With Belize ranked at 121 in terms of our global ranking for the ease of doing business in Belize, it is also an integral part of the policy to take into account how government reduces the costs of inputs into Belizean made goods and services for export. Minister Panton said the government hopes this new approach will attract more foreign investment in the country’s productive sector.
Belize has also entered into the process of regional economic integration the CARICOM Single Market Economy, and currently enjoys a trade surplus with CARICOM. Notwithstanding the exports of Belizean beans and rice to CARICOM, other Belizean products such as direct consumption plantain white sugar from ASR Belize Sugar Industries Ltd have encountered many non-tariff obstacles to enter CSME markets. It is crucial that the new policy overcomes these restrictions, as Belize must conform to the World Trade Organization guidelines, and Belizean sugar no longer enjoys preferential quotas and prices into such markets as the European Union. In the face of this sea change which occurred in 2017, Belize Sugar Industries has invested heavily in upgrading its plant to produce direct consumption sugars, through a USD$15 Million loan from the Inter-American Development Bank (IDB), and the key to increased profitability is the entry of Belizean sugar into non-traditional markets such as the CSME, where there is a significant demand for sugar, presently filled by imports from outside the region, that Belize could supply.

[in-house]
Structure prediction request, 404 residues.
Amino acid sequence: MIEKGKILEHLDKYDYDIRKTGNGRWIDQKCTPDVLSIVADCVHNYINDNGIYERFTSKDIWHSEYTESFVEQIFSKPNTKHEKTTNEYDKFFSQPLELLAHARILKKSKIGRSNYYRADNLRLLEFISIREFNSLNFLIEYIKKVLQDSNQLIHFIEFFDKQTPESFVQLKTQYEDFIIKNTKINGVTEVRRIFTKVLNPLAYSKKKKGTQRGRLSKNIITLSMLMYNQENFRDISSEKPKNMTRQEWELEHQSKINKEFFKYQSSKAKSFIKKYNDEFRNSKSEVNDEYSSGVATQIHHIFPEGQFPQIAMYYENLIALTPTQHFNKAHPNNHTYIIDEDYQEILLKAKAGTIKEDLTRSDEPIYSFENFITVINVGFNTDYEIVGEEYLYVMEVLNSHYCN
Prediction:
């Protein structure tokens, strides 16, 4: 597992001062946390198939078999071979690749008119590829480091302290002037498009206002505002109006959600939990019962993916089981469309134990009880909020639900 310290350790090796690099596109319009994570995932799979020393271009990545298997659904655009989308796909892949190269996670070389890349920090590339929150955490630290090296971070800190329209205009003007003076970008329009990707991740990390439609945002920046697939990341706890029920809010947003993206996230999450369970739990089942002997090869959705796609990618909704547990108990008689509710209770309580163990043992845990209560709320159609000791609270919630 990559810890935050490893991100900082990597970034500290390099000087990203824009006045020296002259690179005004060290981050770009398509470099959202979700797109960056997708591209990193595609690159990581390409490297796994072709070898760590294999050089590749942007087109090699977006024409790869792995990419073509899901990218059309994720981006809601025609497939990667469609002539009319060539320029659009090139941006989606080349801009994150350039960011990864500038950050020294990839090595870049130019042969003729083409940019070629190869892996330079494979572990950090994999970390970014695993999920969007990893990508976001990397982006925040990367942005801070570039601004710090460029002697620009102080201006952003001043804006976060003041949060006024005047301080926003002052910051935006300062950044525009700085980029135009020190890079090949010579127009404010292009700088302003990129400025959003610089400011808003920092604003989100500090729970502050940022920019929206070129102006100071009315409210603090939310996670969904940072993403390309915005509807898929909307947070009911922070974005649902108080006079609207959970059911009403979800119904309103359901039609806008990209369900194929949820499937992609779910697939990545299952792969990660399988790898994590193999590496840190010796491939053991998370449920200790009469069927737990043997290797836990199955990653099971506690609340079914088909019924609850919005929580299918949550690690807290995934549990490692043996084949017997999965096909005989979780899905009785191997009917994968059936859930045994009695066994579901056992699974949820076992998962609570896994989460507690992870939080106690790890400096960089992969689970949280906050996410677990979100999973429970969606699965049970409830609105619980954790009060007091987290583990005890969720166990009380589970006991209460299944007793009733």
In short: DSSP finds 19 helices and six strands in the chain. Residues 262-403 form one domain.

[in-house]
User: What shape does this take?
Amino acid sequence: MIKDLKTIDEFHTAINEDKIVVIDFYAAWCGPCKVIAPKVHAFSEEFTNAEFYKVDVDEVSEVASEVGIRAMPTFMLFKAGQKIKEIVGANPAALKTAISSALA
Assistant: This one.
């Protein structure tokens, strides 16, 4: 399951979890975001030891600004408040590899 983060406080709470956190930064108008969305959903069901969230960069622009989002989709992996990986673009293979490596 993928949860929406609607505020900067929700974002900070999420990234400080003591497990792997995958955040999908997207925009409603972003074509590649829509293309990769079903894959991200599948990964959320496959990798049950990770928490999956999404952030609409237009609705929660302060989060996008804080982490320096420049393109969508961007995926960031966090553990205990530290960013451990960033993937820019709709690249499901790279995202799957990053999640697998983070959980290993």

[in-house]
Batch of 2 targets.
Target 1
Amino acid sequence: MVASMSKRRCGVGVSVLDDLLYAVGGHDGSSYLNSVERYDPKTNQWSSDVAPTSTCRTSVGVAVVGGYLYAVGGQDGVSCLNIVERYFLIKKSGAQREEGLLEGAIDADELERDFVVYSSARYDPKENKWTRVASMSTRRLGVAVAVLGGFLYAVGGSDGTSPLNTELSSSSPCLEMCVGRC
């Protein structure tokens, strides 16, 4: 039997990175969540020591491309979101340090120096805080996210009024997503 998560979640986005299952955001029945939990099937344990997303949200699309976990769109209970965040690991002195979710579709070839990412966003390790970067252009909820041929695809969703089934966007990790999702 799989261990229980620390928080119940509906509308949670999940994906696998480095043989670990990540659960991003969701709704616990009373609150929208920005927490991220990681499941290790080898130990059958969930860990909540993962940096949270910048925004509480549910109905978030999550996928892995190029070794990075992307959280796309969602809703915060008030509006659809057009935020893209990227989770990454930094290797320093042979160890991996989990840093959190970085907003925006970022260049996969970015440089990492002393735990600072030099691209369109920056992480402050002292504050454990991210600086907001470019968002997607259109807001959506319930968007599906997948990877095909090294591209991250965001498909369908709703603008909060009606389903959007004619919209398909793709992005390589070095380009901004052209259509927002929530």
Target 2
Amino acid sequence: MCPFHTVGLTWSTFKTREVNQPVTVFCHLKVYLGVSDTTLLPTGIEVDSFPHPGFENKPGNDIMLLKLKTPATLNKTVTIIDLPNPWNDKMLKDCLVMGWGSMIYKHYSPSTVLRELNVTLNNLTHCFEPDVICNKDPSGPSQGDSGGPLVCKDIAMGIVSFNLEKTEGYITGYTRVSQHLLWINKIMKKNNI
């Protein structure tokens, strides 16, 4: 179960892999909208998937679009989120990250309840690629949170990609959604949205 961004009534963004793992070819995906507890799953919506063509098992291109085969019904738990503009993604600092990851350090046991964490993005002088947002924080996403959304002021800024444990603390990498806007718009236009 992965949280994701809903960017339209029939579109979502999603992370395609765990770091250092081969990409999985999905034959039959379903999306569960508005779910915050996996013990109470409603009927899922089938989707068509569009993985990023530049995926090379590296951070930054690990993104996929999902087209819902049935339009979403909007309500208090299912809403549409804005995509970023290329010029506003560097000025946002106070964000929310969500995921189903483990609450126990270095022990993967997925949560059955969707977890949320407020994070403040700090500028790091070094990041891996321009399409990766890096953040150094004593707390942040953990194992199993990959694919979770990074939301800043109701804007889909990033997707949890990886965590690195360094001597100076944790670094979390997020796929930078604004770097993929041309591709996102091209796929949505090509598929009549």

Panton admitted that this is a huge, on-going discussion in CSME forums, and Belize is leading these discussions, although other sugar-producing territories such as Guyana, Barbados, and Trinidad are also on-board moving the program forward to protect sugar producers within the region. The issue will be on the agenda at the next COTED meeting in April, as the CSME members will review the Common External Tariff CET as to how it affects sugar imports.